Hey, you!  Yeah, you!  I know we’ve met before. 

We have?

Yeah, at that whatchamacallit seminar in boonieville.

Sound like someone you know?  Point them this way and let’s rid them of tip-of-the-tongue syndrome.  Remembering names is simple with a little practice.  Addressing someone by their given name—and not “hey you”—immediately lets others know that you placed an importance on meeting them.  Whether for personal or business purposes, this skill comes with an added bonus: people will remember your name as well.

So what are some tips for remembering names?

  • Make the effort to listen and remember.  Many people react to an introduction automatically, without thinking, and therefore a name gets lost.  Shake the person’s hand firmly (if appropriate), look them in the eyes and listen.
  • Repeat their name when you introduce yourself.  “Hello Jill, I’m Barbara, nice to meet you.” 
  • Repeat their name during the conversation, but not too often.  Once or twice is sufficient.  More than that and it gets annoying and obvious.
  • Associate that name with the person’s appearance or another visual clue.  I personally find alliteration or rhyming devices easiest to remember.  Maybe Linda has long hair, Brent has a beard, or Lee is tall like a tree.  It’s important to keep these silly devices to yourself, however, and try to focus on something positive about the person.
  • Associate that name with a well-known person or place.  When you meet Louis, you can remember the Gateway Arch in St. Louis.  Maybe Steve is funny like Steve Martin.
  • Write down names of the people you’ve met whenever you have an opportunity.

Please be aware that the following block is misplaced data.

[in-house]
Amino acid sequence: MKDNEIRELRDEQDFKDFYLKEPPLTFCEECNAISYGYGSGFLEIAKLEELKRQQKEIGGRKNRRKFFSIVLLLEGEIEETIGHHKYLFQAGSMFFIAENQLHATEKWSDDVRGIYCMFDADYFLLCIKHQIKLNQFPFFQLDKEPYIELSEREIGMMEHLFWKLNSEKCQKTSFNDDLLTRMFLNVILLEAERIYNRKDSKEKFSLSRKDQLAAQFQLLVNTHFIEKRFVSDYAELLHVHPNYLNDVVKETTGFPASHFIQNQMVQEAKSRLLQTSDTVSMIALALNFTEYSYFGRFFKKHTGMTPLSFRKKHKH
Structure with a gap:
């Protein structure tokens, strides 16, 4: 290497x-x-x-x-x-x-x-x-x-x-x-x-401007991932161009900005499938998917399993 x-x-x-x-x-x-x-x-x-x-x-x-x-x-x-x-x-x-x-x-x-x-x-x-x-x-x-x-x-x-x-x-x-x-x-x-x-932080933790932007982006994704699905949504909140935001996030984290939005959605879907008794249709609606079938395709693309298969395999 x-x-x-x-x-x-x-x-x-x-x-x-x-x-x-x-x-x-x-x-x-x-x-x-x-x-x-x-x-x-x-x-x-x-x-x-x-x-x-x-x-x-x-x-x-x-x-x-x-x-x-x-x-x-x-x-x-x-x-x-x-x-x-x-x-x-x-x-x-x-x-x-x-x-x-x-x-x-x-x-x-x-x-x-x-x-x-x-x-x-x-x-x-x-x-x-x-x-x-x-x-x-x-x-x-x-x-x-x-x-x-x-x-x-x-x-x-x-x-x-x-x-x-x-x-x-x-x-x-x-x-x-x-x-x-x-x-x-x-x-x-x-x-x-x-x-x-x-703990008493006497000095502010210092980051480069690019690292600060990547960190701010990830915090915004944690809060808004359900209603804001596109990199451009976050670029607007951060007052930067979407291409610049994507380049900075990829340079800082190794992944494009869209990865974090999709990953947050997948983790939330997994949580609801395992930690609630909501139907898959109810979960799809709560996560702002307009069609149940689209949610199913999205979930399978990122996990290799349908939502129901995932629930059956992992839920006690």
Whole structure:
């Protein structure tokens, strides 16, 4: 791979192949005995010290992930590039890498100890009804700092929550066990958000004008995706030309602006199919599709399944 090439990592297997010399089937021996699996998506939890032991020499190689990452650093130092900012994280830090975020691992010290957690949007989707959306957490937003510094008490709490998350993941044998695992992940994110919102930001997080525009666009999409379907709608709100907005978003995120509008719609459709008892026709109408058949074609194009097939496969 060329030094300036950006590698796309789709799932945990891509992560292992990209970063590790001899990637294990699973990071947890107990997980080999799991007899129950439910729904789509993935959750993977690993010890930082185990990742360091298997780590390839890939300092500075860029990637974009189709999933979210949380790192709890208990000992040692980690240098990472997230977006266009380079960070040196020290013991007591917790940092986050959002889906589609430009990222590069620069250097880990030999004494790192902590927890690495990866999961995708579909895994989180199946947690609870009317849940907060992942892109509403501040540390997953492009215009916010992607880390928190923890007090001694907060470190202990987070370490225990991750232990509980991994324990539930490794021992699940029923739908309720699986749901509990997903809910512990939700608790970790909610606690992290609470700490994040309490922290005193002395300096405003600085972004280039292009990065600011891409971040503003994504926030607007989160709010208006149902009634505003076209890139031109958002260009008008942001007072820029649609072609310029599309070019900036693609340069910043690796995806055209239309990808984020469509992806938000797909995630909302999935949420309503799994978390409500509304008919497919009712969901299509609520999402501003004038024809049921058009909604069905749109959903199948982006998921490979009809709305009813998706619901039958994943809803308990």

And here are some pitfalls to avoid while remembering names:

  • Don’t think so hard about the person’s name that you lose focus of the conversation. 
  • Don’t assume you can use their first name.  If someone has told you they are “Ms. Franklin” be sure to call her “Ms. Franklin” until she invites you to use “Samantha.”
  • Don’t use a nickname, even if you hear someone else calling them by that shorter name.  Allison may really prefer Allison and not “Allie.”
  • Don’t let others know about your pneumonic devices.  Nothing kills a relationship faster than calling Lee “Mr. Tree.”
  • Don’t rely on the name tag.  It may be misspelled or it may list a formal name when they prefer to be addressed in another manner.  Moreover, people ditch name tags after a while (unless you’re this guy, who has his name tag tattooed on his chest).
  • If someone has a difficult foreign name you don’t recognize, don’t ask them to repeat it several times.  This gets embarassing for everyone.  Repeat the name as best you can the first time and they may correct you.

Finally, don’t assume because someone is younger than you or in a lower business position that you can bestow a clever nickname upon them.  I worked closely with a colleague who called me “Taras Bulba” after the 1962 movie.  I was not familiar with the movie at the time and even though he provided an explanation, the name bothered me, especially when he felt it appropriate to call me this in meetings with my bosses.  Give everyone the same amount of respect that you wish to receive yourself.